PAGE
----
Being in the building for school has also helped students get the support they need from teachers rather than being distracted at home. Being in the building is so helpful for so many students. But also some students do need social interaction in order to stay motivated. 

While transitioning to the hybrid plan, many teachers had to adjust to accommodate all students. 

“I was able to adapt,” stated choir director Derek Galvicius. “I was able to figure out how to make it work. It was just not the most ideal situation. I find it the most challenging to make sure that I still make my Zoomers feel as though they are absolutely still a part of the group.”

Even though teachers found it difficult to do this at first, almost every teacher has found a way to adjust. According to Stengel, he includes his remote students in everything that he does, and brings them around the room, he talks to them one-on-one, and he has made it a point to make sure that they are included in our classroom environment. With teachers adjusting to the hybrid model, almost every student has been able to learn successfully.

“Hybrid learning is definitely much better than e-learning, I feel like I can actually connect to other people now” stated Cassidy. 

Being able to be in-person working with other students is way more beneficial to the student than being put in a Zoom breakout room with other students. Students now have a chance to connect and build relationships with other students. For a lot of the students being in-person with other students and teachers actually helps the student focus. 

According to Gill, “It feels like real school again because I am able to interact with teachers and my friends and I actually paid attention in my classes, and the worry of my grades slipping again went away and I was able to enjoy the hybrid experience.” 

The social aspect of school has definitely changed over the year, mostly due to COVID-19. Students now would rather go to their devices, instead of how they used to talk. COVID-19 has put fear in us to not interact with people closely whenever possible.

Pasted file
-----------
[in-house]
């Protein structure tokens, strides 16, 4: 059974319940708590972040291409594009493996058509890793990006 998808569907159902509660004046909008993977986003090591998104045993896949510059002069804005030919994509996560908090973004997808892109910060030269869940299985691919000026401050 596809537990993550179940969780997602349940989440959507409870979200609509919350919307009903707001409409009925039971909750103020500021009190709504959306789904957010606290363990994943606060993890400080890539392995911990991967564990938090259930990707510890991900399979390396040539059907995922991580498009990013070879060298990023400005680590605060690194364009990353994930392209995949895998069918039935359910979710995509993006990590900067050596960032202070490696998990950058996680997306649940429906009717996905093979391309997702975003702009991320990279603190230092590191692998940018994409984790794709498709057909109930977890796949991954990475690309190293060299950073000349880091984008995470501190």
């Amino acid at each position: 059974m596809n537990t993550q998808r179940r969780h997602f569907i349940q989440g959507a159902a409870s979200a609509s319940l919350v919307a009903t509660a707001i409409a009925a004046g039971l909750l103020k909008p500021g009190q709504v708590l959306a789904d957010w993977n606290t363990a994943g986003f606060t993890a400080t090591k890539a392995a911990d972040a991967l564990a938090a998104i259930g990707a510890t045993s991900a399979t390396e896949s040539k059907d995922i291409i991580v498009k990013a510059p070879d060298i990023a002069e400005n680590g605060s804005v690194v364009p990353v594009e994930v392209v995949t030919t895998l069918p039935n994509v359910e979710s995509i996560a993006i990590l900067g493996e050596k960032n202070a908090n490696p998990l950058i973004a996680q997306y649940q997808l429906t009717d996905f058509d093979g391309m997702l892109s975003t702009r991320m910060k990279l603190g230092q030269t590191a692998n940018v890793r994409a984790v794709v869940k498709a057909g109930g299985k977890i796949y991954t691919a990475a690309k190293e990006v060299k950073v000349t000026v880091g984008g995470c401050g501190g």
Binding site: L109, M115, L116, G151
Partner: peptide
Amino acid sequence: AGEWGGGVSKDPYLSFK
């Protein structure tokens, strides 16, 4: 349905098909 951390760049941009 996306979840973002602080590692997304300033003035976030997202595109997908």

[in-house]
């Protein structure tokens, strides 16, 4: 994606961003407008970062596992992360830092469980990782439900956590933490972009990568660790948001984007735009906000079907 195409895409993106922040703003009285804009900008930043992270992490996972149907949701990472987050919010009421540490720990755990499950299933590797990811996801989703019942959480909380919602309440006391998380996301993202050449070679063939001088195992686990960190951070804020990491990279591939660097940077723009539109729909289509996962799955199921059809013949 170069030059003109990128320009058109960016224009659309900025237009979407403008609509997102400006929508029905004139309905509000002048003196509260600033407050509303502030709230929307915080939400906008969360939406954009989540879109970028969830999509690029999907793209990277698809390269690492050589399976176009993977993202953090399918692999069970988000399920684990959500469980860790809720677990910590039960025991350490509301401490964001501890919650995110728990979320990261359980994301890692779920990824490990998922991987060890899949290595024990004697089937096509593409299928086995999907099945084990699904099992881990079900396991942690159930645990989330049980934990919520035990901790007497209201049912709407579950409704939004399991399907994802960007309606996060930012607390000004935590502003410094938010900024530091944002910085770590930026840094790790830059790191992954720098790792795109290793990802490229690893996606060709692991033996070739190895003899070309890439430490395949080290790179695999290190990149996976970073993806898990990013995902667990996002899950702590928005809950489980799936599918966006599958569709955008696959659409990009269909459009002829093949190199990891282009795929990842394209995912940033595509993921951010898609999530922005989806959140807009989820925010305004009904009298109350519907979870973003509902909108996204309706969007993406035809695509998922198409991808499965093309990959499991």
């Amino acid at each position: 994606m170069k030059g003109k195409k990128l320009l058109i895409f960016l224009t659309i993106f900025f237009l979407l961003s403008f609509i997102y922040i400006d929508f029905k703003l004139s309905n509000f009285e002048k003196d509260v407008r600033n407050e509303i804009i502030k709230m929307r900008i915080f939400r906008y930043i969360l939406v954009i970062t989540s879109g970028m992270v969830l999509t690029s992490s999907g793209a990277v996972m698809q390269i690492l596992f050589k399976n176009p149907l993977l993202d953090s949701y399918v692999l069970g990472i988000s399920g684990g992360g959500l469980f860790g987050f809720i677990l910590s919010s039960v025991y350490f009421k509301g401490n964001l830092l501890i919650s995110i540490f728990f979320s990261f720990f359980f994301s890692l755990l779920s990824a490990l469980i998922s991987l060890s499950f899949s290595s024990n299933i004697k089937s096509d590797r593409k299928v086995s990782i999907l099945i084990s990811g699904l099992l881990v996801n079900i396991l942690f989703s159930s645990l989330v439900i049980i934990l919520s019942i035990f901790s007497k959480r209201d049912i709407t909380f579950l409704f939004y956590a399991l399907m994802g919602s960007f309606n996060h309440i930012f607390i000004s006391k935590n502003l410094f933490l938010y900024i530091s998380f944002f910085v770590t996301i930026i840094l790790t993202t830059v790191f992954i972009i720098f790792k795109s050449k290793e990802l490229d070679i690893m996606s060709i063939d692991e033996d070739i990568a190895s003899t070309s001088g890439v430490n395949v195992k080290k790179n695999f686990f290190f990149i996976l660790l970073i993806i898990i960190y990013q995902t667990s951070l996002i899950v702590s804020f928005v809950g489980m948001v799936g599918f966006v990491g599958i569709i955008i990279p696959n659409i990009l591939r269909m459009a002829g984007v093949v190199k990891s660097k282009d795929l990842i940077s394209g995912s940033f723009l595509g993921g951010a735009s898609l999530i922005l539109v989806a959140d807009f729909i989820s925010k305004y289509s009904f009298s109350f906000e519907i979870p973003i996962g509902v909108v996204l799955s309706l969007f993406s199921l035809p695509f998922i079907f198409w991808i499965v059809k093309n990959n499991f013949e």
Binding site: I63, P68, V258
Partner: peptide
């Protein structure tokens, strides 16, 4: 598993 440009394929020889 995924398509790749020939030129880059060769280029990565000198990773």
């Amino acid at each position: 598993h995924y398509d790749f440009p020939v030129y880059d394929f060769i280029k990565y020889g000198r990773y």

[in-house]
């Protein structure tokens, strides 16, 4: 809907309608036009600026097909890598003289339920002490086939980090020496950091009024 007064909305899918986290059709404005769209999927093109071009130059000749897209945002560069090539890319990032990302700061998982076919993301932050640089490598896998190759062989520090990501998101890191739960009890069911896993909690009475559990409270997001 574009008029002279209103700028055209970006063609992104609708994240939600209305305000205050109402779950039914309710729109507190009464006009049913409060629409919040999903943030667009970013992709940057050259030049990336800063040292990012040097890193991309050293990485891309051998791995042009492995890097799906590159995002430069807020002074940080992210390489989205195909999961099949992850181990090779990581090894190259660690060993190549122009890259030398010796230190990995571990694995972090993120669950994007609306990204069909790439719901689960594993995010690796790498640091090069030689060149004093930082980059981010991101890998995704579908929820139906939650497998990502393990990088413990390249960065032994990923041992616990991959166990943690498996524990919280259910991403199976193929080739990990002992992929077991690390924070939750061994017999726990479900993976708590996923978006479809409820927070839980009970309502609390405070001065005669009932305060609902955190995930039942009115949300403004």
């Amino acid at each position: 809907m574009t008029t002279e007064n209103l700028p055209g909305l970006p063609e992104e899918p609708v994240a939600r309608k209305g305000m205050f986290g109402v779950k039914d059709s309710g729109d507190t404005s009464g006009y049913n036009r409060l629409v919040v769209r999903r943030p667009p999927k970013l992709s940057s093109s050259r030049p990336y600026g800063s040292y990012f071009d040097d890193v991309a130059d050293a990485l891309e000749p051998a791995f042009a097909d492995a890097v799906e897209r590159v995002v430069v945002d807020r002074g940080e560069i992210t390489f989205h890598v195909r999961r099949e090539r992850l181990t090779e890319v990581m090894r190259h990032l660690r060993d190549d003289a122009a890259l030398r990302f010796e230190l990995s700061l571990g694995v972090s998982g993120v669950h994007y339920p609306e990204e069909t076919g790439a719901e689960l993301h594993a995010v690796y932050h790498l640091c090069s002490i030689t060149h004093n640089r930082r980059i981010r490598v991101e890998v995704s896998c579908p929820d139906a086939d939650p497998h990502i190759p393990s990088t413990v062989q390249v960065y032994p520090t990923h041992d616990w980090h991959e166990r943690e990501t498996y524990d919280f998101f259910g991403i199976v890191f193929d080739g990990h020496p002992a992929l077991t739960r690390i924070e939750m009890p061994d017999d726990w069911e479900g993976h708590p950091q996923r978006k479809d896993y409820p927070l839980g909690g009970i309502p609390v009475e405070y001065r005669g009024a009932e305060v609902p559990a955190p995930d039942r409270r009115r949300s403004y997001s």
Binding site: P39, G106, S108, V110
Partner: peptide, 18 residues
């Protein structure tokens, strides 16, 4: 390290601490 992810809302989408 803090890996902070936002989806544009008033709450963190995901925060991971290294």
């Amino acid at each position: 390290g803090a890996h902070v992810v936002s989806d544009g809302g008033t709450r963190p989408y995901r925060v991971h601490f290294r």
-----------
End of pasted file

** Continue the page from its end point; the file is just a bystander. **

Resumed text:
Galvicius described, “what I do notice now, talking and high fives and hugging and hey what are you doing this weekend are gone. Now everyone’s like, okay, straight to their devices. That element of social interaction is gone for now, but even students seeing each other has helped raise morale and motivation.”

The grades of students have been improving throughout hybrid learning compared to complete remote learning. 

“My overall grades have actually been more positive than last semester, and I truthfully believe it’s because of my students and how hard they’re working when they’re in the classroom,” explained Stengel. Since students have become more motivated when it comes to school, grades have been improving in all teacher’s classrooms.

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About the Photographer
Photo of Madison Harvey
Madison Harvey, Head of Broadcast Coverage
Madison Harvey is a senior at the Upper Campus of McHenry Community High School. Madison loves to be involved with the school, as she is National Honor Society President, a cofounder of Business Professionals of America, and a member of the Varsity Softball team. She also works with Student Council, Spanish Honor Society, Warrior Council, and Key Club. When she's not in school, she likes to spend time playing softball, reading, and volunteering with first graders at Valley View Elementary School. This is Madison's third year with the Warrior Weekly, and her fourth on Warrior Student Media.